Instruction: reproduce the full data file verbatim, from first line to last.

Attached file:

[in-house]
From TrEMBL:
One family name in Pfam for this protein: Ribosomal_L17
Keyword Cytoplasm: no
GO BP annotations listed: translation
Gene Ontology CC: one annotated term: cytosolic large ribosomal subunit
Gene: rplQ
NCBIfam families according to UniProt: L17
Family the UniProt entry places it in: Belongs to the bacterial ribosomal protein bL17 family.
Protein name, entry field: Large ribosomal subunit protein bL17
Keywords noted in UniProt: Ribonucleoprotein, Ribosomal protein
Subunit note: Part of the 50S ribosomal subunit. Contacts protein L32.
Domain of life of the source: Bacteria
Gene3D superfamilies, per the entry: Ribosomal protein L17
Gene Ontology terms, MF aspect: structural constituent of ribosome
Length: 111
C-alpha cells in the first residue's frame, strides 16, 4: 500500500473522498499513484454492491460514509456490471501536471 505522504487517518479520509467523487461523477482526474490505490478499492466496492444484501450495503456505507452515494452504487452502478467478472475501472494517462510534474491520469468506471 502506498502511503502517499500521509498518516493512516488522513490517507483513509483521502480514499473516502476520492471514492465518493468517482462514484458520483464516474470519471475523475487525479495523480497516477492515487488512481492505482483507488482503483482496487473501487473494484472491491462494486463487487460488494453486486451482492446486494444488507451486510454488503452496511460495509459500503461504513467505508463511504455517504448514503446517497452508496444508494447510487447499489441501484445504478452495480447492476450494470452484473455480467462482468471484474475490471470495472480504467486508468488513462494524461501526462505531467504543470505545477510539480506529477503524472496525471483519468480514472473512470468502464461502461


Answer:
[in-house]
From TrEMBL:
One family name in Pfam for this protein: Ribosomal_L17
Keyword Cytoplasm: no
GO BP annotations listed: translation
Gene Ontology CC: one annotated term: cytosolic large ribosomal subunit
Gene: rplQ
NCBIfam families according to UniProt: L17
Family the UniProt entry places it in: Belongs to the bacterial ribosomal protein bL17 family.
Protein name, entry field: Large ribosomal subunit protein bL17
Keywords noted in UniProt: Ribonucleoprotein, Ribosomal protein
Subunit note: Part of the 50S ribosomal subunit. Contacts protein L32.
Domain of life of the source: Bacteria
Gene3D superfamilies, per the entry: Ribosomal protein L17
Gene Ontology terms, MF aspect: structural constituent of ribosome
Length: 111
C-alpha cells in the first residue's frame, strides 16, 4: 500500500473522498499513484454492491460514509456490471501536471 505522504487517518479520509467523487461523477482526474490505490478499492466496492444484501450495503456505507452515494452504487452502478467478472475501472494517462510534474491520469468506471 502506498502511503502517499500521509498518516493512516488522513490517507483513509483521502480514499473516502476520492471514492465518493468517482462514484458520483464516474470519471475523475487525479495523480497516477492515487488512481492505482483507488482503483482496487473501487473494484472491491462494486463487487460488494453486486451482492446486494444488507451486510454488503452496511460495509459500503461504513467505508463511504455517504448514503446517497452508496444508494447510487447499489441501484445504478452495480447492476450494470452484473455480467462482468471484474475490471470495472480504467486508468488513462494524461501526462505531467504543470505545477510539480506529477503524472496525471483519468480514472473512470468502464461502461